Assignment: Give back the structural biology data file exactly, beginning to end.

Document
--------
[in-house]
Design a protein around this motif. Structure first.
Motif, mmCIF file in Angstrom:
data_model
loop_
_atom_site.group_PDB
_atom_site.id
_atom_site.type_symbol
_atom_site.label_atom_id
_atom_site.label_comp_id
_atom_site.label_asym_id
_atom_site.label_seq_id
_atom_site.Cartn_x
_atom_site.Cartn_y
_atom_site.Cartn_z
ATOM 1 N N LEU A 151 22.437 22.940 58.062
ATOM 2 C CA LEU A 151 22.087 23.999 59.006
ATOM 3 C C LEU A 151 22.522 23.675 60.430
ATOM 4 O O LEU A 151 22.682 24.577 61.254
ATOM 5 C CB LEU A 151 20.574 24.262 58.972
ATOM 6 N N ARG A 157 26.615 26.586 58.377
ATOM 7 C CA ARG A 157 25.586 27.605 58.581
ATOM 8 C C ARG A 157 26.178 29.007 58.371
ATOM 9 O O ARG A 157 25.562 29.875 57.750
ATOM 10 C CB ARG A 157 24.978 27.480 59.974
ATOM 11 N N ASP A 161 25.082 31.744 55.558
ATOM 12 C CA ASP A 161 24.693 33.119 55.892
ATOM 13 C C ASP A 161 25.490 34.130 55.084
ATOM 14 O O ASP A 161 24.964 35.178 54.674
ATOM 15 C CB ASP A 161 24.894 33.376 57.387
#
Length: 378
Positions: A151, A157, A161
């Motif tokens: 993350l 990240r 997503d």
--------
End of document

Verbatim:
[in-house]
Design a protein around this motif. Structure first.
Motif, mmCIF file in Angstrom:
data_model
loop_
_atom_site.group_PDB
_atom_site.id
_atom_site.type_symbol
_atom_site.label_atom_id
_atom_site.label_comp_id
_atom_site.label_asym_id
_atom_site.label_seq_id
_atom_site.Cartn_x
_atom_site.Cartn_y
_atom_site.Cartn_z
ATOM 1 N N LEU A 151 22.437 22.940 58.062
ATOM 2 C CA LEU A 151 22.087 23.999 59.006
ATOM 3 C C LEU A 151 22.522 23.675 60.430
ATOM 4 O O LEU A 151 22.682 24.577 61.254
ATOM 5 C CB LEU A 151 20.574 24.262 58.972
ATOM 6 N N ARG A 157 26.615 26.586 58.377
ATOM 7 C CA ARG A 157 25.586 27.605 58.581
ATOM 8 C C ARG A 157 26.178 29.007 58.371
ATOM 9 O O ARG A 157 25.562 29.875 57.750
ATOM 10 C CB ARG A 157 24.978 27.480 59.974
ATOM 11 N N ASP A 161 25.082 31.744 55.558
ATOM 12 C CA ASP A 161 24.693 33.119 55.892
ATOM 13 C C ASP A 161 25.490 34.130 55.084
ATOM 14 O O ASP A 161 24.964 35.178 54.674
ATOM 15 C CB ASP A 161 24.894 33.376 57.387
#
Length: 378
Positions: A151, A157, A161
């Motif tokens: 993350l 990240r 997503d």